A search of Albuquerque produces a great list of physicians who can prescribe suboxone to patients facing opioid withdrawal. Addiction to opiates results in a mix of uncomfortable withdrawal effects (nausea, chills, diarrhea, insomnia, body ache, etc) which bring about chronic stress and can lead to anxiety, depressive feelings, and diminished ability to meet one’s daily responsibilities. Buprenorphine is the therapeutic ingredient in Suboxone that reduces opiate withdrawal symptoms. Suboxone has become a popular and effective opioid replacement medication that restores a person’s functioning following a period of decline in active opioid addiction. Only approved physicians are legally able to write prescriptions for buprenorphine/suboxone. If you are a local physician aiming to treat Albuquerque area residents, you may purchase a featured listing at the top of this page insuring that your medical services will be found by prospective patients searching our website for quality opioid treatment.
When one thinks of methadone treatment, they usually consider the power of methadone to eliminate opiate withdrawal and the value this has to someone fighting off withdrawal sickness.
Methadone treatment actually consists of more than just the “medication assistance” component. Real treatment always addresses the underlying lifestyle, thinking, and behavioral elements that are a significant part of the addictive process. These areas are specifically addressed through counseling. All opioid treatment programs providing methadone in the United States are required to also offer counseling to their patients in order to help them achieve true and lasting success.
Some patients will need more counseling & emotional support than others. But all patients new to the recovery process will need to receive basic education on addiction as an illness, how to build a personal recovery program, and to have an opportunity to develop new coping and relapse prevention skills.
Methadone clinics in the U.S. vary in the ways that they deliver counseling services. … Read more
Suboxone is a leading medication in the treatment of opioid dependence and has been available since 2002 when the FDA approved Subutex (buprenorphine hydrochloride) and Suboxone tablets (buprenorphine hydrochloride and naloxone hydrochloride).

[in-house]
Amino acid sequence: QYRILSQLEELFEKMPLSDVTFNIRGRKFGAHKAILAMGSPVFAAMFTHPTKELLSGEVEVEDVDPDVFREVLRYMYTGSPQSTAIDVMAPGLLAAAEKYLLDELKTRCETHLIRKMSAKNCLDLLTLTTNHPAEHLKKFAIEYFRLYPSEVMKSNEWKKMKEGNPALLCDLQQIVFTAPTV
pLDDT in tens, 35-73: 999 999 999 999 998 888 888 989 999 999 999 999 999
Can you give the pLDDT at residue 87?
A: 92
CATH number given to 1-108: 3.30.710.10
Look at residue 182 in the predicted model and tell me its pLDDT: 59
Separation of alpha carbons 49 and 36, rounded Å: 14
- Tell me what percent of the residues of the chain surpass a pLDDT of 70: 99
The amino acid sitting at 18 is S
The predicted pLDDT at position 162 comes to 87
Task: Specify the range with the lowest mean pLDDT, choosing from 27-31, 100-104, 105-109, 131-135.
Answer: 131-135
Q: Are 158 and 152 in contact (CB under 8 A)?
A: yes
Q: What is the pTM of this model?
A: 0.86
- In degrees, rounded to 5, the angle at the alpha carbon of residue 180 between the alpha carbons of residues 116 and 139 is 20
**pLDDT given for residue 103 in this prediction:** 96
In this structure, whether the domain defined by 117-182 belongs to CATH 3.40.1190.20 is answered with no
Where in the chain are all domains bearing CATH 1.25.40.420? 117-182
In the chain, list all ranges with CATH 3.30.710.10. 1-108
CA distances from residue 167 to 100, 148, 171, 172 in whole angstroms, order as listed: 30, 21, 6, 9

Suboxone tablets have since been replaced by the thin sublingual suboxone film that is also dissolved under the tongue. While methadone has been highly successful for several decades, suboxone has expanded the range of options for those suffering with opioid withdrawal.
Fighting off opioid withdrawal is at the core of opioid addiction and is chiefly responsible for the stress that addicted individuals feel as they try to function normally each day. Suboxone not only helps patients eliminate opioid withdrawal sickness and associated cravings, but it also brings the opportunity to function again as an employee, a parent, or a spouse.
Many patients report not only feeling relief from the welcomed absence of withdrawal sickness, but recapturing the focus necessary to make strides in other important areas of their … Read more
Opioid Treatment is a category that includes several different interventions or approaches relating to opioid use disorders. People sometimes mistake opioid treatment for “opioid detox” when they are technically two different processes.
Opioid detox refers to the process of helping an opioid addicted individual discontinue their use of opioids and be medically monitored as the body withdraws from them. In a supervised setting, a person is typically assisted through a short-term opioid detox (3-10 days) by the administration of various medications used to manage withdrawal symptoms like clonidine (to guard against high blood pressure), vistaril (to reduce nausea and anxiety), and even buprenorphine (to minimize the severity of the opioid withdrawal process).
There are also variations on an opioid detox referred to as a taper. A taper often occurs on an outpatient basis and involves a more gradual reduction in dosage of either methadone or buprenorphine (suboxone) over time. This taper may take as long as 90 days and … Read more
When a woman is pregnant and addicted to opioids, she faces extraordinary stress and very often a wave of judgment from those around her that is emotionally painful and difficult to deal with. The criticism of others is understandable since no one wants to see an unborn baby placed at risk through the mother’s drug use. But this cauldron of angry emotion and public condemnation often overwhelms a pregnant mother, who may already feel guilty, and it pushes her further into isolation and inaction. This isolation only places the mother and unborn baby at greater risk of overdose and possible miscarriage.
Fact: It has been thoroughly researched and the findings conclusive that pregnant opioid-addicted women have a much better chance of carrying their baby to term and having a healthy baby when the mother is receiving medication-assisted treatment. Every day, addicted mothers receiving methadone or buprenorphine give birth to healthy babies that thrive and develop normally.
Methadone and buprenorphine … Read more